When are reverse mortgages due? What triggers early withdrawal penalties? What exactly is covered by Medicare again?

Retirement planning is hard, and most people struggle to understand the fundamentals, according to a new report by the American College of Financial Services, a nonprofit that educates financial advisers. Only 20 percent of people in or near retirement who were surveyed by the group passed a quiz about the basics of retirement planning.

The group quizzed more than 1,000 people, ages 60 to 75, who had at least $100,000 in assets. The goal was to get a sense of how informed people are as they approach retirement, says Dave Littell, a director at The American College. “In some ways we expected people wouldn’t do that great on the test,” Littell says. “We were surprised at just how bad they did.”

People were most stumped by questions about the strategies that could help their money last longer in retirement. For instance, more people said they would get the biggest boost to their retirement income by saving more when they were close to retirement, but in reality pushing back retirement by a few years or delaying Social Security would have a bigger impact, Littell says. (Savings set aside at that stage don’t have as much time to benefit from investment growth, he says.)

Indeed, people often misunderstand the rules about drawing down their assets in retirement, says Gary Koenig, vice president of financial security for the AARP Public Policy Institute. People forget that they need to start taking required minimum distributions from their individual retirement accounts and 401(k)s after age 70 1/2, says Koenig, who was not involved in the study. Others don’t know that taking Social Security benefits at 62 leads to a permanent reduction in benefits, assuming incorrectly that they would start receiving full benefits once they reach full retirement age, he says.

Some of the 38 questions asked in the quiz were far from elementary, hitting on complicated retirement products like annuities. Some were more focused on investing topics like interest rate risk and mutual fund costs. (Do you know what a PE ratio is? Or what is the average lifetime payout for a 65-year-old male getting an immediate income annuity?) Some of the terminology may have tripped people up, Littell says. “Jargon is a challenge,” he says, adding that it can be tough to avoid such complicated terms.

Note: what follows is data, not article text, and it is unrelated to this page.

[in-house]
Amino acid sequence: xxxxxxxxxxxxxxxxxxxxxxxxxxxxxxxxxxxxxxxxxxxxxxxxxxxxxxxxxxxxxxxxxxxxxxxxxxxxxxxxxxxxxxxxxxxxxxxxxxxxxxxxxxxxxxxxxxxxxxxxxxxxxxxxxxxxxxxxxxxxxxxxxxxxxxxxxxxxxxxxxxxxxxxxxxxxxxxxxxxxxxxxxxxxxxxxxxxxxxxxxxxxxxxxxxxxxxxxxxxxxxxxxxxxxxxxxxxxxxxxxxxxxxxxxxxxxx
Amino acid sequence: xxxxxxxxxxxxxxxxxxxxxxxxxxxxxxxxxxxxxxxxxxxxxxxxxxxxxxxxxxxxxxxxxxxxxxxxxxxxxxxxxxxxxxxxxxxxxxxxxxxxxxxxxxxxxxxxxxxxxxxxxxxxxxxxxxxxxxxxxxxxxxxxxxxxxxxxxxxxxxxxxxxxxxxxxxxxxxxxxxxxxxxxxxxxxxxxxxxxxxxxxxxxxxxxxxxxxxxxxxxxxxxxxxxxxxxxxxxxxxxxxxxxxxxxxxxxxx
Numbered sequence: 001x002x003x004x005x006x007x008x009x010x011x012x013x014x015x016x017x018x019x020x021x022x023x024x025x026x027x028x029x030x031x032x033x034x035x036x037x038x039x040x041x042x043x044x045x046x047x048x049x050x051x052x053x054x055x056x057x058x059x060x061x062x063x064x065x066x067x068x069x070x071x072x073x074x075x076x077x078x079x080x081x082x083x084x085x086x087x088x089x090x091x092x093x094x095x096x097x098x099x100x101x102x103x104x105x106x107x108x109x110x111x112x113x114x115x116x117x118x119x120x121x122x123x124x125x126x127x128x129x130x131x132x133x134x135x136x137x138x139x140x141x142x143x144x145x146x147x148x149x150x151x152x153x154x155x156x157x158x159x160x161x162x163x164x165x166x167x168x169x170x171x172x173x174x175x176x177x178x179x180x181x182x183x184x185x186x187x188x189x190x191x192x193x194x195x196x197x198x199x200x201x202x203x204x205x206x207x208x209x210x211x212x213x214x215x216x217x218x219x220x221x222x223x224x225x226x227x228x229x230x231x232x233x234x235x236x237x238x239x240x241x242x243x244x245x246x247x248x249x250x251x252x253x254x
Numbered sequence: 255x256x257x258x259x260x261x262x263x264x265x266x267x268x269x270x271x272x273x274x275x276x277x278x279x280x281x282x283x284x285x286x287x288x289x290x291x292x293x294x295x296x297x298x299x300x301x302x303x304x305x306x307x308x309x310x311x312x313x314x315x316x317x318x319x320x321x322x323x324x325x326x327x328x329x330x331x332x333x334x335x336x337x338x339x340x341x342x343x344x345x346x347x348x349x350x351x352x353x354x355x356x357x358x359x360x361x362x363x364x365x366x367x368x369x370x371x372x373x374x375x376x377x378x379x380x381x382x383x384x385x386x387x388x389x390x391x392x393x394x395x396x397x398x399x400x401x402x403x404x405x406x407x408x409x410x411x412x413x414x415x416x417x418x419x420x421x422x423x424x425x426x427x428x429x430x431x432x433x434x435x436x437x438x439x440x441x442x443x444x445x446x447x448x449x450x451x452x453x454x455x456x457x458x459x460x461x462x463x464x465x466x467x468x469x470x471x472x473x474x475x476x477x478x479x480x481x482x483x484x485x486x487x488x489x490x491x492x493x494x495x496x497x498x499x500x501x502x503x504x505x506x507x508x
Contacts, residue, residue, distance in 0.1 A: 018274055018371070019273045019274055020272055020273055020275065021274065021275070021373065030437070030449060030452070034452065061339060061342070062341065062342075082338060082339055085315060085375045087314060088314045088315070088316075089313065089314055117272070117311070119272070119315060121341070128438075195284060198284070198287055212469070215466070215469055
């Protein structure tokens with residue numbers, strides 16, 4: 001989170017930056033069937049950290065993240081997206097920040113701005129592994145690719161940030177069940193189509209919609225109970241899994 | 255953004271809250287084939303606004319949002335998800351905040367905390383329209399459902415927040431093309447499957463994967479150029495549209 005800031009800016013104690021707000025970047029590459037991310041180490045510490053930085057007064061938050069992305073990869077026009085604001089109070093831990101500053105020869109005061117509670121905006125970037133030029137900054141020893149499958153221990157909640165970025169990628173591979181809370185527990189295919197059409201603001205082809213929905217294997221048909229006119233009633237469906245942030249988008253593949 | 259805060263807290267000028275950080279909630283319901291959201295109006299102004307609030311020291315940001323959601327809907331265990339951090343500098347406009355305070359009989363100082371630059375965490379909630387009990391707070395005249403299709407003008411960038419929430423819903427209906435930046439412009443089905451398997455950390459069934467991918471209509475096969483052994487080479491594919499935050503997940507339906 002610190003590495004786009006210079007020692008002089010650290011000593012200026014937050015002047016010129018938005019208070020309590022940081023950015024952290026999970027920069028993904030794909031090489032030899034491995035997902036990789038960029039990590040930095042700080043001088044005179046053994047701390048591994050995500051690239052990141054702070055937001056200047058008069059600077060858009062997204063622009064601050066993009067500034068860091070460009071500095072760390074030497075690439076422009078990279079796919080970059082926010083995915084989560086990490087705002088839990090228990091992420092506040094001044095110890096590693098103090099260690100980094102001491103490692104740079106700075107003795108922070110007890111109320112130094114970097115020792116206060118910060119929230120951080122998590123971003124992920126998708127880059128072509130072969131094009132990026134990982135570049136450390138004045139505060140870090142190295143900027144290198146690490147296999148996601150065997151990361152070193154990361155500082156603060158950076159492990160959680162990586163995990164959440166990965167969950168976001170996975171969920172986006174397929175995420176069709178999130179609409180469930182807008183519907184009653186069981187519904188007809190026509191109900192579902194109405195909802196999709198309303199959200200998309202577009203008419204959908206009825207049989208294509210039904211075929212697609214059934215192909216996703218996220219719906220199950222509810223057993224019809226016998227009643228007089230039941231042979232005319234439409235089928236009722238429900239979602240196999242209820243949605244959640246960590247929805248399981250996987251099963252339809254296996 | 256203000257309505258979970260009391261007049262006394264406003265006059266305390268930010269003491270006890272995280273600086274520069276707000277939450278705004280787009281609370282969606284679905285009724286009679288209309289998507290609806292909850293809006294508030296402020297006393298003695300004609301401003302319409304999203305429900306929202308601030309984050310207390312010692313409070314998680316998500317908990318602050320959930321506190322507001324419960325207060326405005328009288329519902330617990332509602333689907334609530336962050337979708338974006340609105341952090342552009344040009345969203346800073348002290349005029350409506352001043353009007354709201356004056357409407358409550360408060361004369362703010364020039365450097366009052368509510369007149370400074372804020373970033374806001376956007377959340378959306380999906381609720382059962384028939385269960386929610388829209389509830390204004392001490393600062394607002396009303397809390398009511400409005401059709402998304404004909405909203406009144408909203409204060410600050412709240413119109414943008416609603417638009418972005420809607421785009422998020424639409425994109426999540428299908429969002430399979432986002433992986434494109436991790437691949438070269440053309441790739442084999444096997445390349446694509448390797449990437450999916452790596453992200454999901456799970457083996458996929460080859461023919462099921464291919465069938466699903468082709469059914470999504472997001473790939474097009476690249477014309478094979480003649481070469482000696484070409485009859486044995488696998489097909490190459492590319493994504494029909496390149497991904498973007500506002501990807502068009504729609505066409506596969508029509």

But the confusion also highlighted another risk — people may be over confident about their retirement security. While most people struggled to answer the questions on retirement strategy,  more than half, or 55 percent, said they felt they were prepared to meet their income needs in retirement. Ninety-one percent said they were moderately confident they would have a secure retirement.

The quiz also highlighted one thing that people often get wrong that could increase their chances of running out of money in retirement — how long they are likely to live. Most people underestimate their longevity, putting them at risk of drawing down their savings too soon, collecting Social Security benefits too early and taking a lump-sum payment from a pension plan when they might be better off with an annuity, Koenig says.

What do you think, are you smart enough to retire? Test your luck with this excerpt of the quiz:


A 65-year-old man has an average life expectancy of approximately an additional:

10 years
15 years
20 years
25 years


What is the proportion of the population that is going to need assistance with activities of daily living (need long-term care) at some point?                



True or false: Medicare typically pays for the costs of a nursing home for one year.



Social Security workers’ monthly benefits are increased for each year that benefits are deferred from age 62 to age…



According to the Social Security Administration, in 2033 they will only have funds to pay for approximately ___ of promised benefits.

0 percent
25 percent
50 percent
75 percent


Which one of the following statements concerning the federal income tax treatment of distributions to a 65-year-old retiree is true?

All distributions from a Roth IRA that has been maintained for more than five years will be tax-free
All distributions from a traditional IRA will be taxed as long-term capital gains
Distributions from a traditional IRA prior to age 70 1/2 will be subject to an additional 10% penalty tax


True or false: An individual who is age 75 can still make a Roth IRA contribution if he or she has earnings from work and does not exceed the earnings limit.



If a person has a portfolio of long-term bonds and interest rates rise significantly, then the value of those bonds will…

No change at all


A PE ratio means…

Profits to expense
Price to earnings
Par value to earnings
Price to expense


Who provides the majority of long-term care?

Family members
Nursing homes
Assisted living facilities

Your score: 0 / 10